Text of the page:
Police searched a cancer patient's room for marijuana; video receives major backlash

A man battling pancreatic cancer is fighting back after viral video showed police searching his hospital room for marijuana.

The Sousley family was horrified when Bolivar Police Department officers showed up to Nolan Sousley's hospital room searching for marijuana. According to Heidi Rayl, a family friend, a security guard tipped authorities of a 'smell' in the room.

Nolan admittedly said he takes CBD oil pills to help combat the pain.

In a viral Facebook stream on Nolan's Tribe of Warriors Against Cancer video shows authorities going through his personal belongings.

While they were searching, police told Sousley if they found marijuana they would issue a citation, but would not be making any arrests. A few minutes into the video, Nolan's doctor walks into the room and asks police if they had probable cause or a warrant to conduct their search.

"No, we have a right this is private property," one of the officers responded.

At one point Nolan chimes in and says, “There is no way they could smell it, doc, because I don’t smoke it."

Nolan became emotional after officers asked to check his "final-day things" bag.

“I’m not letting them dig through it. It has my final-day things in there, and nobody’s going to dig in it. It's my stuff,” an emotional Nolan responded.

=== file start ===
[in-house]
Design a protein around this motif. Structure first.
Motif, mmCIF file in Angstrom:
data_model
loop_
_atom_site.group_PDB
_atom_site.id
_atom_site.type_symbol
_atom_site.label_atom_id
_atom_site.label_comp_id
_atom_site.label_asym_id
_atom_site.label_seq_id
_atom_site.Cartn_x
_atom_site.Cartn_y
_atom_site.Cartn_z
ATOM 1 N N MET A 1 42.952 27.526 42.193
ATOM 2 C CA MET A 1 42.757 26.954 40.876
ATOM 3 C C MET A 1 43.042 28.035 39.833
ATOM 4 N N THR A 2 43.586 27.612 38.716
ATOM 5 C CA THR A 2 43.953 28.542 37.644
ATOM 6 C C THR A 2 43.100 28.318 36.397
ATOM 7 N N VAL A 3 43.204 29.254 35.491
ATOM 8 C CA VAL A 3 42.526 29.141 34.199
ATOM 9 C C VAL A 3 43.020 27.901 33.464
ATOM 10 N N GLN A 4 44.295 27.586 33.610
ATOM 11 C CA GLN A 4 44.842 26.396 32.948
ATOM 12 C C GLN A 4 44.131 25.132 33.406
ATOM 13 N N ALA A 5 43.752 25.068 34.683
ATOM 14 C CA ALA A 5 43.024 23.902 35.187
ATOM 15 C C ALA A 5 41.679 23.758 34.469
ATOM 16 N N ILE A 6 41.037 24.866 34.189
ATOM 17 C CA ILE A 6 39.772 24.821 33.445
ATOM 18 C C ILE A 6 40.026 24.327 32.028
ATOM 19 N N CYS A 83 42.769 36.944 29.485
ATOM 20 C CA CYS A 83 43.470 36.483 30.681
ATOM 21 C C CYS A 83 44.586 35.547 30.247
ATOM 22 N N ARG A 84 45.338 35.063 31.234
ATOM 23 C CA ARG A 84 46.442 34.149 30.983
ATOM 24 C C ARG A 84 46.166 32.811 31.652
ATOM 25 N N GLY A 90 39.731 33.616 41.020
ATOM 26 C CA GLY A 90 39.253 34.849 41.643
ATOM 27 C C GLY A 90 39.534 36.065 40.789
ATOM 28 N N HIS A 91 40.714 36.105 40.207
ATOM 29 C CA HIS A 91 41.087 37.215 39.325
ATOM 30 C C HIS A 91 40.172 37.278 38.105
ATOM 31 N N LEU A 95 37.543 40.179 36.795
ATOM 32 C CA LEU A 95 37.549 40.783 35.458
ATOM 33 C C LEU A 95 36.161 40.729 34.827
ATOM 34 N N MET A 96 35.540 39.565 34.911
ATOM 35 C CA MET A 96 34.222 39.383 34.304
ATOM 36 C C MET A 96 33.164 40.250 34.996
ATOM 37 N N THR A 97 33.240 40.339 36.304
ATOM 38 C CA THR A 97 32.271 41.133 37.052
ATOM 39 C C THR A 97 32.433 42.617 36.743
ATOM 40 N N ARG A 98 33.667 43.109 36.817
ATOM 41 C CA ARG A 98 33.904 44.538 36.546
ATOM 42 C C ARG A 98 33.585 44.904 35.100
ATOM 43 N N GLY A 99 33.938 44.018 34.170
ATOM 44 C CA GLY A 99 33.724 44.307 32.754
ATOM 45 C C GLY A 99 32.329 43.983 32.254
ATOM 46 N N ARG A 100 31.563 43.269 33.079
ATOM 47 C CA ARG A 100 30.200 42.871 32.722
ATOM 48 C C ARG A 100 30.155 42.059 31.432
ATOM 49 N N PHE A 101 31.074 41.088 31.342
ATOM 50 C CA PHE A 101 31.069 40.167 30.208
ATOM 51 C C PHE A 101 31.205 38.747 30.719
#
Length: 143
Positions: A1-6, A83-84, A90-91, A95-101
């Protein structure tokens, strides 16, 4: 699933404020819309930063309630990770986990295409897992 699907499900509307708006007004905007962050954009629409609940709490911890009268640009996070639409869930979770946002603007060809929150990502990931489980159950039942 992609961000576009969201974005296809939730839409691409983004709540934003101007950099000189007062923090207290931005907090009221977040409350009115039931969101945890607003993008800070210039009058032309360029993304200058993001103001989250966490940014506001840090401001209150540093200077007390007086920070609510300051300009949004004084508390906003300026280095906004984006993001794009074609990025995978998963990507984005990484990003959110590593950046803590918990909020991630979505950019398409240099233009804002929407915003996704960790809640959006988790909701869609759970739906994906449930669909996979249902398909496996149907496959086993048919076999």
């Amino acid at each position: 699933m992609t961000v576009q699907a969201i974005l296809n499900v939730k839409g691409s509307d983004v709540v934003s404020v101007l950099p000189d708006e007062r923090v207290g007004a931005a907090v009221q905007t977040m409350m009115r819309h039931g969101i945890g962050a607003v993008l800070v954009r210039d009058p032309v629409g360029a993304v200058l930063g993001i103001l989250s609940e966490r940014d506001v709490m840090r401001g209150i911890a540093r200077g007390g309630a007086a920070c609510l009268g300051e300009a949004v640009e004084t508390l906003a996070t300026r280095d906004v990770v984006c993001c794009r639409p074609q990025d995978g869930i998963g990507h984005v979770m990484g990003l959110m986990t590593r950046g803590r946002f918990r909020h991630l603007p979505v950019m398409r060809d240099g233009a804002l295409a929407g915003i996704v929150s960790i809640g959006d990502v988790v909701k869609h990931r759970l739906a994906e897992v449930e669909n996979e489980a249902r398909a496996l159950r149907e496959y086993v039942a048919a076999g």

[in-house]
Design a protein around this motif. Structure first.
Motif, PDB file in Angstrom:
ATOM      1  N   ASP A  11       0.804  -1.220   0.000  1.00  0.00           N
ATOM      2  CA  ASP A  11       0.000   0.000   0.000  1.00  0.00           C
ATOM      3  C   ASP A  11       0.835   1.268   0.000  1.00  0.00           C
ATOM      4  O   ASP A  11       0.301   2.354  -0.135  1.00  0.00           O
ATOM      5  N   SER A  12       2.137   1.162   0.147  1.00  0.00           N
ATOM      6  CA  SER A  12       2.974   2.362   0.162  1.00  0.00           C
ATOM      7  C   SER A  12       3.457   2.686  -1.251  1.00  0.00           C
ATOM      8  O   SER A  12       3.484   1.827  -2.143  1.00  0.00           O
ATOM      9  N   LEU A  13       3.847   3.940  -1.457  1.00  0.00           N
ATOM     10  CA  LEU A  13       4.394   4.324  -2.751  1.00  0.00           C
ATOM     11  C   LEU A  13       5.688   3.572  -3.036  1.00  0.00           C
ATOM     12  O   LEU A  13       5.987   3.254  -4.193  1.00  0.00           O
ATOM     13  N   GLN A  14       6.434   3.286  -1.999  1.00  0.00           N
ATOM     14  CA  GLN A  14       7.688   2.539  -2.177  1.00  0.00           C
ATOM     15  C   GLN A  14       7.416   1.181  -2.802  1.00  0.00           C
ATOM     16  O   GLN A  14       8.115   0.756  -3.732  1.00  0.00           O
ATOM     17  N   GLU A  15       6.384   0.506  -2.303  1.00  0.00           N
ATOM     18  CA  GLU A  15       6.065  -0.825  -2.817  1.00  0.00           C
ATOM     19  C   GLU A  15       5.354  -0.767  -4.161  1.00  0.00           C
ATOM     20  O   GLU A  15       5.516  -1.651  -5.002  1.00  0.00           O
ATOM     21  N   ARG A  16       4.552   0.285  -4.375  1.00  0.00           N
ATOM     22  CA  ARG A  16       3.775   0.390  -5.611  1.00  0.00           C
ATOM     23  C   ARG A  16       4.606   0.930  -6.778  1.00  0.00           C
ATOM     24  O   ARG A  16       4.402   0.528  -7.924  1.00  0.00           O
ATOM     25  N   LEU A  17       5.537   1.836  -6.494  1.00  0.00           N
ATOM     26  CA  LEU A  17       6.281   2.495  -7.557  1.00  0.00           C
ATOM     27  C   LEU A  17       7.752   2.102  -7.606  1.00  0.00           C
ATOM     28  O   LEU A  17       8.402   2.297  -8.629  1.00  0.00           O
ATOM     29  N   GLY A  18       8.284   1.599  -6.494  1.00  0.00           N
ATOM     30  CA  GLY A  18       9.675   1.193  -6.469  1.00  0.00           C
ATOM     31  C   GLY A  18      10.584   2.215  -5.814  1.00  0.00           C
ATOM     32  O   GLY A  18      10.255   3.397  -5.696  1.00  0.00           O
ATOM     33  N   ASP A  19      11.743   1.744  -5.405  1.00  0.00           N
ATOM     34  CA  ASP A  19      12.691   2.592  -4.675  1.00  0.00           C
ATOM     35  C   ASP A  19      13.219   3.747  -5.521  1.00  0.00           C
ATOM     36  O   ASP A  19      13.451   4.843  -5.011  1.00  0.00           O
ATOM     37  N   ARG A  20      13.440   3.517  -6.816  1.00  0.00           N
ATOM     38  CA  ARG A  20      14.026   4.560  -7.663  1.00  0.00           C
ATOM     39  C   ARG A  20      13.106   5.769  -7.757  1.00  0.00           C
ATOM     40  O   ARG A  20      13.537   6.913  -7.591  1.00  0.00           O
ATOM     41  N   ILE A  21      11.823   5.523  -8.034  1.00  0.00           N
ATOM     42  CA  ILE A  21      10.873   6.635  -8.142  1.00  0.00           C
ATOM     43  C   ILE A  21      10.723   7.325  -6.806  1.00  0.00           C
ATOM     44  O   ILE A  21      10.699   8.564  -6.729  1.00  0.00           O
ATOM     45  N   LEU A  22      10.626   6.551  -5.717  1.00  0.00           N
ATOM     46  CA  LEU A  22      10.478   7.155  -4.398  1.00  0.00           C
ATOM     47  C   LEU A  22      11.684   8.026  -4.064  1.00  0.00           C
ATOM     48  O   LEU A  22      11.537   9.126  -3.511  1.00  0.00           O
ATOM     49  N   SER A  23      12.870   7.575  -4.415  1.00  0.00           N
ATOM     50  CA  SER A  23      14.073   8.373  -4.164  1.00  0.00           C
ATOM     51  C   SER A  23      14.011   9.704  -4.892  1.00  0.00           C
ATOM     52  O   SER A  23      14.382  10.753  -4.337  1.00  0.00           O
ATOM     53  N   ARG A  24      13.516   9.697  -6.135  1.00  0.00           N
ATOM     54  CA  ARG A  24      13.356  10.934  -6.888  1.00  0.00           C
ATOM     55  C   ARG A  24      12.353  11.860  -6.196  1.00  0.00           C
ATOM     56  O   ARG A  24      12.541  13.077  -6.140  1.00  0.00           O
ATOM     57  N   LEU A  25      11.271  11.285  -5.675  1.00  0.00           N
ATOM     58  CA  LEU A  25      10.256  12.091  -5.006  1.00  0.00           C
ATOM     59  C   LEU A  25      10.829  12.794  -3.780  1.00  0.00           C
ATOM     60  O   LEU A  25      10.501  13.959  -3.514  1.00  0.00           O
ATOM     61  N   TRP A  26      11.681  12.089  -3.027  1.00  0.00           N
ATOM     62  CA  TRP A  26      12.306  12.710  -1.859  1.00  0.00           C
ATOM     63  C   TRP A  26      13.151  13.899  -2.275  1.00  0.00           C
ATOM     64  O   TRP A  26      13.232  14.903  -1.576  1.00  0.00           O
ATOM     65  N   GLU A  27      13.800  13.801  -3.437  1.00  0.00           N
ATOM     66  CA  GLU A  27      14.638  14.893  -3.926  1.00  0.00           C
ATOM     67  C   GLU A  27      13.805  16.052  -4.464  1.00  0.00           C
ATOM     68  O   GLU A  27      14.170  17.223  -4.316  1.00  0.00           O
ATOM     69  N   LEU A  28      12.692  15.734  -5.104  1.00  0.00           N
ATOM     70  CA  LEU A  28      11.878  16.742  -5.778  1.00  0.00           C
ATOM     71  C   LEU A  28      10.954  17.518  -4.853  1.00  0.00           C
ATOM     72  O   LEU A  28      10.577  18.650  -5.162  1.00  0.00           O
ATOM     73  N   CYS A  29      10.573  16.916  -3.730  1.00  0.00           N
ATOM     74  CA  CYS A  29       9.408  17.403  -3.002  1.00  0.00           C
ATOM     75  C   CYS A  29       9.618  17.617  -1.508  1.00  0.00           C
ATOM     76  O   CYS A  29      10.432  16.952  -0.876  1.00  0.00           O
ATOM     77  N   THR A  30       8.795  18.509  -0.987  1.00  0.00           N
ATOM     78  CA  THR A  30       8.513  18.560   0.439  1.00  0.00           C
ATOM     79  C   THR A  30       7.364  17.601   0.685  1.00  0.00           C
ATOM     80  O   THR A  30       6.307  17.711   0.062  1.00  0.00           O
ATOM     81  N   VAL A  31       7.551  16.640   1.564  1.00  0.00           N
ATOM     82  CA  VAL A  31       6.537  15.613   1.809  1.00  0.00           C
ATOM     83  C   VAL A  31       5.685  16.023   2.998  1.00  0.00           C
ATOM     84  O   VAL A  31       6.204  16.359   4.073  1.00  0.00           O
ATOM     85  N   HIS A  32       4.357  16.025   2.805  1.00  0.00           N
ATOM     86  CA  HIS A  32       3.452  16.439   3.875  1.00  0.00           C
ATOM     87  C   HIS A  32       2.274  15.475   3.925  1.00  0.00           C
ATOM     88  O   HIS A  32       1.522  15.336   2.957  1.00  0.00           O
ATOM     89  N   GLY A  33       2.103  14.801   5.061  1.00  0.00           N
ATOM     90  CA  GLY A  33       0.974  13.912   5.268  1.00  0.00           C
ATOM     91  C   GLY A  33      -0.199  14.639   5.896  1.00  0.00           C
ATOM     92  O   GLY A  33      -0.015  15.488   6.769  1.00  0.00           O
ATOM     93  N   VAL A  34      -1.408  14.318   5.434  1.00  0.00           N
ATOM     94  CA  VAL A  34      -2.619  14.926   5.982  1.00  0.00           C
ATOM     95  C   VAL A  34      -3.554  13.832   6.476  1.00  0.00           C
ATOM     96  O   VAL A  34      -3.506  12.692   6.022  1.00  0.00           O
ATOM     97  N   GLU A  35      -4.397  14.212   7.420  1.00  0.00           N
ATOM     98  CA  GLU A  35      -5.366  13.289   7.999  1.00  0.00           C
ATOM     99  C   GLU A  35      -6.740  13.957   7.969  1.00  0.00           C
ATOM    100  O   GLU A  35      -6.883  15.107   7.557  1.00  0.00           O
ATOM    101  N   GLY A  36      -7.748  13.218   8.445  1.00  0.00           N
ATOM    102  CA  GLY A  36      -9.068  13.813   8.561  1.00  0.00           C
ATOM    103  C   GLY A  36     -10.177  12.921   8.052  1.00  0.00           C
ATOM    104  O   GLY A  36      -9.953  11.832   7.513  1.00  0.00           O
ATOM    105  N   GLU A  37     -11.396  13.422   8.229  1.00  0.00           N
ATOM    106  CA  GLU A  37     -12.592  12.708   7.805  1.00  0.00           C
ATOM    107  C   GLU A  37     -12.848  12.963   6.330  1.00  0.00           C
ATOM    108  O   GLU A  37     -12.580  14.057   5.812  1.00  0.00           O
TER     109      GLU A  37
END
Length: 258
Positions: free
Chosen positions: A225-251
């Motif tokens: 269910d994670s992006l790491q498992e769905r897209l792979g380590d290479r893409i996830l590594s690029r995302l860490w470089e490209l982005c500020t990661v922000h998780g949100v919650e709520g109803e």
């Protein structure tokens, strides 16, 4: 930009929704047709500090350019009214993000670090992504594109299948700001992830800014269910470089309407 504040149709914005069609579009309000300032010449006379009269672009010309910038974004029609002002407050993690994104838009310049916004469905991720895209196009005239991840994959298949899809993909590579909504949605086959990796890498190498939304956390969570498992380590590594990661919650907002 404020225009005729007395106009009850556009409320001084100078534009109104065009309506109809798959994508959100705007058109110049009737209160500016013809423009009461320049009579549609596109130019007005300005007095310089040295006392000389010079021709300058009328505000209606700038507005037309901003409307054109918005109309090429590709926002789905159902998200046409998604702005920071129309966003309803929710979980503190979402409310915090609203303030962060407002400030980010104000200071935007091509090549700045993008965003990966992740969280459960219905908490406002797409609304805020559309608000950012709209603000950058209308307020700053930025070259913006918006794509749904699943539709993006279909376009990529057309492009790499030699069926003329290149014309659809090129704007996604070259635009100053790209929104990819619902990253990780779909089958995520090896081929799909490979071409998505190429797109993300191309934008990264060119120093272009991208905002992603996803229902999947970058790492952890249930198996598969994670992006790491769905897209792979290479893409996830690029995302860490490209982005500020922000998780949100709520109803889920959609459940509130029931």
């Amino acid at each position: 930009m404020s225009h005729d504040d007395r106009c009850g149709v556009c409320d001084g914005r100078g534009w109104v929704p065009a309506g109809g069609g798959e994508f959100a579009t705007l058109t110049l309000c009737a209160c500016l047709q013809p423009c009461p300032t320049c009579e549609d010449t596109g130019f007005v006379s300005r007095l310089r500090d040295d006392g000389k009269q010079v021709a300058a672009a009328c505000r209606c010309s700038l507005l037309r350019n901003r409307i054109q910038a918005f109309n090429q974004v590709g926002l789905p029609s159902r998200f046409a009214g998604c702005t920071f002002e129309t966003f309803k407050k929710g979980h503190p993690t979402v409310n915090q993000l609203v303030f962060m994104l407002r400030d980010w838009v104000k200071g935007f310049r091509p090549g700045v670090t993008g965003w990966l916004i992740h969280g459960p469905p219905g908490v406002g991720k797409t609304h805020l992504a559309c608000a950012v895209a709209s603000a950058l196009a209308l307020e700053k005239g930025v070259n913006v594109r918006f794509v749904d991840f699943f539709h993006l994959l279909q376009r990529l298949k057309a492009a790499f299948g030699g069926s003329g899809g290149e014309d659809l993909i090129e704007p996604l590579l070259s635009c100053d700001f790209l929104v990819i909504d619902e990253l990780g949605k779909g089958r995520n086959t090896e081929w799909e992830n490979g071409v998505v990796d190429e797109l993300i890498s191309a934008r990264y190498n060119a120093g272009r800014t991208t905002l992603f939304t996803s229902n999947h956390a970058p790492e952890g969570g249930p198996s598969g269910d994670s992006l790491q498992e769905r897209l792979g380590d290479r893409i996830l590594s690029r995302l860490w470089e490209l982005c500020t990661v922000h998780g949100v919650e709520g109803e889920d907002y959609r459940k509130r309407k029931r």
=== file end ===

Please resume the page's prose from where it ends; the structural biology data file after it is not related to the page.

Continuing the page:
Police never found marijuana in Nolan's possession and the department has received major backlash since the incident.

Citizens Memorial Hospital issued an apology on their Facebook page:

"Respect is part of our core values. Our actions in this recent event did not reflect who we are as an organization. We pride ourselves in providing compassionate care to all patients and we fell short of expectations. We apologize to our patient and his family and friends who were affected by our actions. We are reviewing the incident and will retrain our employees in the core values and the importance of respect and dignity to our patients and the community."

While the Sousley family was initially traumatized, Rayl says they're seeing the positive outreach from the world and are, "Hoping to use the video to encourage policy changes and training to better handle these situations so this never happens."

Nolan and his wife Amber are currently on a memory making adventure in California. "It's a trip they've had planned for awhile. They are doing all they can to travel, make memories, and spend quality time with family and friends," Rayl told FOX 5.

Initially, Nolan was told he only had six months to live but he's currently at nine. Doctors predict he has less than three months but his friends say Nolan is a fighter and plans to be here longer.